Opinions on tool holding runout and rigidity

I’m a noob( I didn’t know what and endmill was 10 months ago) with a 440. I have seen online where multiple people think that set screw holders are usually better than ER collets(and other types) as far as runout and rigidity. I’m interested in what everyone here thinks?? The closest thing I have to experience on this is I had a 1/2" carbide endmill pull out of a setscrew holder last night, but I don’t know if that’s “typical” or what. It would be nice to have shrink fit for TTS, but I haven’t seen it anywhere. Measuring runout on the stuff I have, it’s all between 0.0005 and 0.001. So what are your opinions on the best tool holders based on years of experience??

@Joseph_Arledge welcome to the forums.

One thing I always did to my endmills I planned to rough with in a set screw holder, was grind a flat on the endmill shank. This gives a nice location for the set screw to tighten.

@Joseph_Arledge the general rule, as I understand it, is that an ER tool holder will have less runout than a set screw style due to the self centering nature of the collet system. A while back NYC CNC did a good video on set screw style holder run out. Do Set Screw Holders Push End Mill Tools off Center? WW122 - YouTube

Yeah, I saw both parts of his testing. His conclusions were that set screw holders are equal to or better than ER collets in runout and rigidity. Part of the proposed hypotheses as to why are: ER holders are longer thus less rigid, asymmetrical closing of the collet around the shank causes it to be “off center”, more parts and pieces involved equals more chance for tolerance stacking leading to more runout. I’ve also seen him “adjust” small endmills in ER collets to reduce the runout, which I was surprised actually worked and held through cutting. I’ve seen other videos of guys “indexing” the collets in the holders and the holders in the spindles to fight runout. I try not to base my knowledge on 1 guy doing 1 test at 1 time, so that’s why I’m here, to see what y’all think based on experience?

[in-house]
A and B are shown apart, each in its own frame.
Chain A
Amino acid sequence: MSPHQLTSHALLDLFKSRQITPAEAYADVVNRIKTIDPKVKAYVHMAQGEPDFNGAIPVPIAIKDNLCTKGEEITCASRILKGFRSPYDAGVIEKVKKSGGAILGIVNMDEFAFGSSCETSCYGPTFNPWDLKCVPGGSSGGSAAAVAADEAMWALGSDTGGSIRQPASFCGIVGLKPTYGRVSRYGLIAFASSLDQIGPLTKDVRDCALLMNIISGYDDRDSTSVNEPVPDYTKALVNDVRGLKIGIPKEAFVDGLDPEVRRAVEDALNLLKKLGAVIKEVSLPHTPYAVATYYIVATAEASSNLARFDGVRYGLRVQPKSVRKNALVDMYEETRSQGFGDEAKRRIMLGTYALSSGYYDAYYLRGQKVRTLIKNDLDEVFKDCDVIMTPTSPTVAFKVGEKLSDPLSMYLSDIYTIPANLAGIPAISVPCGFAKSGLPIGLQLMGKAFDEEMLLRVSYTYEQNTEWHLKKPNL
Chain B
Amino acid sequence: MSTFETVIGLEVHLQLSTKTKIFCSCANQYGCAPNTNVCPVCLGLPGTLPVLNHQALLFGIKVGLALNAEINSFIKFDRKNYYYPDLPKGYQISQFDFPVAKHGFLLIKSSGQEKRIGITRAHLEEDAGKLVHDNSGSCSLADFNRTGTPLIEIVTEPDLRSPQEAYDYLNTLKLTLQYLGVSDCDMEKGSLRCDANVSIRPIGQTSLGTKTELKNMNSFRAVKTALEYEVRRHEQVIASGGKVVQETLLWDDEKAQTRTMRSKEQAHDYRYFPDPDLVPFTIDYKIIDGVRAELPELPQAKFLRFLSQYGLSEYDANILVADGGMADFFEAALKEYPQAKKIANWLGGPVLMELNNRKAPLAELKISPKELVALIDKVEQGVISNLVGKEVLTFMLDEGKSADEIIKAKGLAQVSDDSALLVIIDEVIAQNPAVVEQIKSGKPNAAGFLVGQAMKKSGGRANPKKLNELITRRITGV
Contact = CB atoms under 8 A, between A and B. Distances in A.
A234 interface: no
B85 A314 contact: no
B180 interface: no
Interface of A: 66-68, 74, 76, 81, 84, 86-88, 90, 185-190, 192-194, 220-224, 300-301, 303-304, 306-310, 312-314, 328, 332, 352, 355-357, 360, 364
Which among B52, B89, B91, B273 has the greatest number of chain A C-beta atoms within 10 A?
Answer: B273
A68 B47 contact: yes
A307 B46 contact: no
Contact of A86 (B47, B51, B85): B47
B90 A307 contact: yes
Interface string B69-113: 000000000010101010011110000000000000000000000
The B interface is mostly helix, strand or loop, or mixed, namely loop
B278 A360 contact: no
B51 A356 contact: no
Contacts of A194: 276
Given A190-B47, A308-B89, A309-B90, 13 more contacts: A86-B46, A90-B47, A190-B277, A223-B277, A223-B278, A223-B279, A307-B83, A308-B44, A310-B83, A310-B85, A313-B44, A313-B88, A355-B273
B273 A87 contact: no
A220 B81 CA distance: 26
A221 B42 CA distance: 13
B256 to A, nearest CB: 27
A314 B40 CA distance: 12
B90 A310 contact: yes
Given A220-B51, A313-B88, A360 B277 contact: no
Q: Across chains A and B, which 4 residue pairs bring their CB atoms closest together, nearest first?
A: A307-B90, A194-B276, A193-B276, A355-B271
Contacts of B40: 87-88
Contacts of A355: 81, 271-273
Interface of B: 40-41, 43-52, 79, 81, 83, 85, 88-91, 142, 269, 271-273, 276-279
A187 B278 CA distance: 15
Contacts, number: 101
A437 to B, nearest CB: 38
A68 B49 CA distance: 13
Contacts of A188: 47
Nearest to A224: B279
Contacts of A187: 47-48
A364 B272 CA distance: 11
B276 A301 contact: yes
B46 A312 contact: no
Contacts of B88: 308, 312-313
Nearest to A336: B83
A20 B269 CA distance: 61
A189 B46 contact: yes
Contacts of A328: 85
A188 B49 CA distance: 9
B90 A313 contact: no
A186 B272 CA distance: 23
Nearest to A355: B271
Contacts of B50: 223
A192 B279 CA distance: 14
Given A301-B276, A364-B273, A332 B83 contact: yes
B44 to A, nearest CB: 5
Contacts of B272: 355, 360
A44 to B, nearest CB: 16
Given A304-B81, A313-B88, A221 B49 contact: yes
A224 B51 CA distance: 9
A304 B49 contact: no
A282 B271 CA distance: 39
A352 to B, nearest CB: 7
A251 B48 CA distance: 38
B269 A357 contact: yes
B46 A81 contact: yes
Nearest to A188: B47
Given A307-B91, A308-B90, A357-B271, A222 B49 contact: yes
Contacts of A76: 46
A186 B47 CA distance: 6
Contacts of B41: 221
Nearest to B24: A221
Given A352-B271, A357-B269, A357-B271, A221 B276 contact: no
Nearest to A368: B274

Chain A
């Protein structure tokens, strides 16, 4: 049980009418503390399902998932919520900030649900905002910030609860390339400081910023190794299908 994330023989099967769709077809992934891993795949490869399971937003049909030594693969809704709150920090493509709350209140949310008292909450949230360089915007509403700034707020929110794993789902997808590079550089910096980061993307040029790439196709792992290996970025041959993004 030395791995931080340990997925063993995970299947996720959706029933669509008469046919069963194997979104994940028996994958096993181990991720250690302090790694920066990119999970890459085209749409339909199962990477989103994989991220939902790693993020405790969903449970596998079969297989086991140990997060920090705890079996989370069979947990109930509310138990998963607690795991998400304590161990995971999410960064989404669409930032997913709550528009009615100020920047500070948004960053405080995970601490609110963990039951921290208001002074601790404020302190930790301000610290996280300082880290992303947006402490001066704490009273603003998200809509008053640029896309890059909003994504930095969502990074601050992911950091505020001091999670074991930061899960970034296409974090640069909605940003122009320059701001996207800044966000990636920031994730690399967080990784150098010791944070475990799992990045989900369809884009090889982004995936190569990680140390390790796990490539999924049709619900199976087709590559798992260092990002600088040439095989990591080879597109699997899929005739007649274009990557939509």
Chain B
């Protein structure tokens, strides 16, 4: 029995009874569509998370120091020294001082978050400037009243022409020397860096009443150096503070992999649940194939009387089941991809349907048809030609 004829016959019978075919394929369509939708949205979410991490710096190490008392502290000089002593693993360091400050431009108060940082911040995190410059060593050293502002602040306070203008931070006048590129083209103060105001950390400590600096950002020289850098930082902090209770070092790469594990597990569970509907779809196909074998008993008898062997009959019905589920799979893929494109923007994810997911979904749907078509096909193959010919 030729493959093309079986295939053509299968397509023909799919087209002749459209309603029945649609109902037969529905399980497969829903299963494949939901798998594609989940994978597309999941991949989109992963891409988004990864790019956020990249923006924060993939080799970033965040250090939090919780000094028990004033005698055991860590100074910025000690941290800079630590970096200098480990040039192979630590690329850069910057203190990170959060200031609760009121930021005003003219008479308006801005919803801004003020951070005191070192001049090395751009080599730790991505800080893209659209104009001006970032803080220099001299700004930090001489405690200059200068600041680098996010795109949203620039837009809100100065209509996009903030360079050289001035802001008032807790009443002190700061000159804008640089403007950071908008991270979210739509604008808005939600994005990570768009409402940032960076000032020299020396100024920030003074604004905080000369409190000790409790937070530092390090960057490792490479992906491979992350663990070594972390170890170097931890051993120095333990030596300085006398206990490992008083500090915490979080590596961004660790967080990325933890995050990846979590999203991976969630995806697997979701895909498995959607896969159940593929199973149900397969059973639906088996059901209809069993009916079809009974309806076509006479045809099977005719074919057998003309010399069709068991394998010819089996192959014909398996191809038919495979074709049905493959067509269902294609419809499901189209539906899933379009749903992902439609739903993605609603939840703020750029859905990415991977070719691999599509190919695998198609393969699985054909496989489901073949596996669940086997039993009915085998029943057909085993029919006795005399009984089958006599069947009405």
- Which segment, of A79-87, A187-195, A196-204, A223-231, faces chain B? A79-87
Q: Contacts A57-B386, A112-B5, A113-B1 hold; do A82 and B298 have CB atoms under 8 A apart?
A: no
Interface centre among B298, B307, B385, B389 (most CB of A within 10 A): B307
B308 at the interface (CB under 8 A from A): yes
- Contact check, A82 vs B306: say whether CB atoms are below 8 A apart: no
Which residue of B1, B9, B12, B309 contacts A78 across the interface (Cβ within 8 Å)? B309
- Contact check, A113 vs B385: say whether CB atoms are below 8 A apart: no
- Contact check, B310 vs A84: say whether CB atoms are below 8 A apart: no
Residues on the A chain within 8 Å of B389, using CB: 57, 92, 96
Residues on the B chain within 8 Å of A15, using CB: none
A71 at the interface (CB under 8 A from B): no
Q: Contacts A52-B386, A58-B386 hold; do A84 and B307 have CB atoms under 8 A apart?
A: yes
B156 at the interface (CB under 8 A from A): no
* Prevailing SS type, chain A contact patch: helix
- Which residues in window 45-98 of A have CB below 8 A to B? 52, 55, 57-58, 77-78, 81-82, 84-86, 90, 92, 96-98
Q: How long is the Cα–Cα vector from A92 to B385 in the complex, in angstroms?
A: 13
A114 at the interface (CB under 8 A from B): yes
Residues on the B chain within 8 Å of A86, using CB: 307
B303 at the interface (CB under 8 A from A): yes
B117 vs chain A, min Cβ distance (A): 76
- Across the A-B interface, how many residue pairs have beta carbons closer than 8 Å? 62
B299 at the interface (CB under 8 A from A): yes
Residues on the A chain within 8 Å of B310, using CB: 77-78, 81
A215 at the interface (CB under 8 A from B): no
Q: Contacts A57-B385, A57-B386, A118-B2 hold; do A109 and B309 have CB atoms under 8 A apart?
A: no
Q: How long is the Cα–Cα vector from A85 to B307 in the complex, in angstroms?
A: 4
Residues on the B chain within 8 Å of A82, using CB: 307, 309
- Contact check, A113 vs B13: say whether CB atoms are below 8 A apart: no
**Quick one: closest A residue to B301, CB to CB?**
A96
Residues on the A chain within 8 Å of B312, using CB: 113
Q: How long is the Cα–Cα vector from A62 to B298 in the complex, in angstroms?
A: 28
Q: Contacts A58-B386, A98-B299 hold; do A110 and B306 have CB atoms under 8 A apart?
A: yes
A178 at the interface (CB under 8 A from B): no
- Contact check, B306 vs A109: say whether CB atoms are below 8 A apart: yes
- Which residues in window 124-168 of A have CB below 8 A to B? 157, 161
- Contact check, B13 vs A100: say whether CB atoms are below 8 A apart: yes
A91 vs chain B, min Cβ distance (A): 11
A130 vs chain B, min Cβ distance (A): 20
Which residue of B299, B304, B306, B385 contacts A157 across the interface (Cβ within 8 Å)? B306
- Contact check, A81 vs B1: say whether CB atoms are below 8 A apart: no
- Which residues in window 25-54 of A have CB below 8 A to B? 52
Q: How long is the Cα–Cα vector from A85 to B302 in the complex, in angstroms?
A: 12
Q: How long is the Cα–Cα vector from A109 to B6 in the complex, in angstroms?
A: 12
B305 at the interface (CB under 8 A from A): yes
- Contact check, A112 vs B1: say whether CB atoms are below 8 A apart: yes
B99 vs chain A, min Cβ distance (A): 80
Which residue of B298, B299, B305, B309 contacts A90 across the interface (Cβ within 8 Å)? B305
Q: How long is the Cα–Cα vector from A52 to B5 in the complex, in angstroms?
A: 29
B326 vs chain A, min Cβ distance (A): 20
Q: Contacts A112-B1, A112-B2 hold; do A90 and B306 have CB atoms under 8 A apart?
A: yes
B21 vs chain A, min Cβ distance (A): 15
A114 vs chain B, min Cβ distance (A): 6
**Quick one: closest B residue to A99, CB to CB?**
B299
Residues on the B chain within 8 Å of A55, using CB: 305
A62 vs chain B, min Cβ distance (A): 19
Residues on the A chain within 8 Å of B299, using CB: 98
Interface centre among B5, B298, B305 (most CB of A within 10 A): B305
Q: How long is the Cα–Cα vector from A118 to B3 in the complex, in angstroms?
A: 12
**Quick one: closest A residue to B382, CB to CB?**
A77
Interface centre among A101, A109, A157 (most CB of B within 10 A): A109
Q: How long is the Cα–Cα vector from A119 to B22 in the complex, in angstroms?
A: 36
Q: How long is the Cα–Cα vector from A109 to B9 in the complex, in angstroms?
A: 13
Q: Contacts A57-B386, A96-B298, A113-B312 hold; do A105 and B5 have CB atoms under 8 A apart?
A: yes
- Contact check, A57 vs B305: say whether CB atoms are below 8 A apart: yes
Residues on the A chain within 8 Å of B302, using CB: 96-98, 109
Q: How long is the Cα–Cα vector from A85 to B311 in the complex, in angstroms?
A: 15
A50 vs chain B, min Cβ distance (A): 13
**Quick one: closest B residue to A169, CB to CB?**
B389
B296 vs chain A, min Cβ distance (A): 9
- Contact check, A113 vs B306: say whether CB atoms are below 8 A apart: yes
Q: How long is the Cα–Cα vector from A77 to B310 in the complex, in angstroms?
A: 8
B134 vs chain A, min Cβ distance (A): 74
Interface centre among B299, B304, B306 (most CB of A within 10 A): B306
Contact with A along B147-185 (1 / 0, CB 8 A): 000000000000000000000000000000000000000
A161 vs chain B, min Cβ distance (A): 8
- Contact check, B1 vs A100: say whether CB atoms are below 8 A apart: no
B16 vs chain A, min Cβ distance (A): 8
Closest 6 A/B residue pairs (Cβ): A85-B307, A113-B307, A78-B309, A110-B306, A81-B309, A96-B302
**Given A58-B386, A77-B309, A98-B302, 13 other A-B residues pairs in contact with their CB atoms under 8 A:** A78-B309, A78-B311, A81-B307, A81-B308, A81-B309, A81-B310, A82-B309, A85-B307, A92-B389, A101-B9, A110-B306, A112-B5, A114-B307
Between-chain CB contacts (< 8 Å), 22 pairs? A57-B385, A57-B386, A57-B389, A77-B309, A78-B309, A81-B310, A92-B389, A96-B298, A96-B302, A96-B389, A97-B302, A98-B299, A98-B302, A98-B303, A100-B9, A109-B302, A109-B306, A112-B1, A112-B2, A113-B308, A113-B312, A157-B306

My “intuition” tells me that ER collets are more better, but evidence would seem to call that into question.

Weldon shanks are actually the industry standard. ER collets are more of a convenience because they can hold just about any size. They do however have issues with endmills walking in and out. They also do not hold well if the minimum or maximum size tool that will fit in the collet is used. Your milling machine is limited by power so you should never have an issue using collets. Any holder of any type will have issues if it is crashed. Shrink fit holders are the absolute best but have a limited number of heating cycles and one day you will just not be able to remove the tool from it no matter how much you heat it. You cannot go wrong with the convenience of collets on a tormach machine.

sweet! I didn’t know that about shrink fit holders. Seems like if the you intend for the tool and holder to be permanently married together, it’s a good idea, but not so much if you intend to switch it out relatively regularly… I guess my follow up question is, if Weldon Shanks are the standard, why is it not more commonly offered as an option from popular tooling companies? Seems like putting one on a smooth carbide shank would be a pain in the home shop(I’m sure it’s not an issue for pro shops), unless I’m overestimating the difficulty of milling a flat on carbide with a home mill.
Thanks for the input, I sincerely appreciate everyone’s help and opinions!

Inserted carbide tooling is becoming more prevalent so you order the tools with Weldon shanks. Flats are put on carbide shanks with either a green grinding wheel or a diamond wheel. You can’t cut carbide with carbide.

The weaker point in the TTS system is the r8 collet hold, the r8 will slip on the er adapter stud before the tool slips. When I have to push it at work I use a solid holder with an integral r8 shank.

I can’t cite where I saw it but a higher quality end mill holder advertised it had the bore offset a tenth or two, too compensate for the set screw push.


Thanks for the input!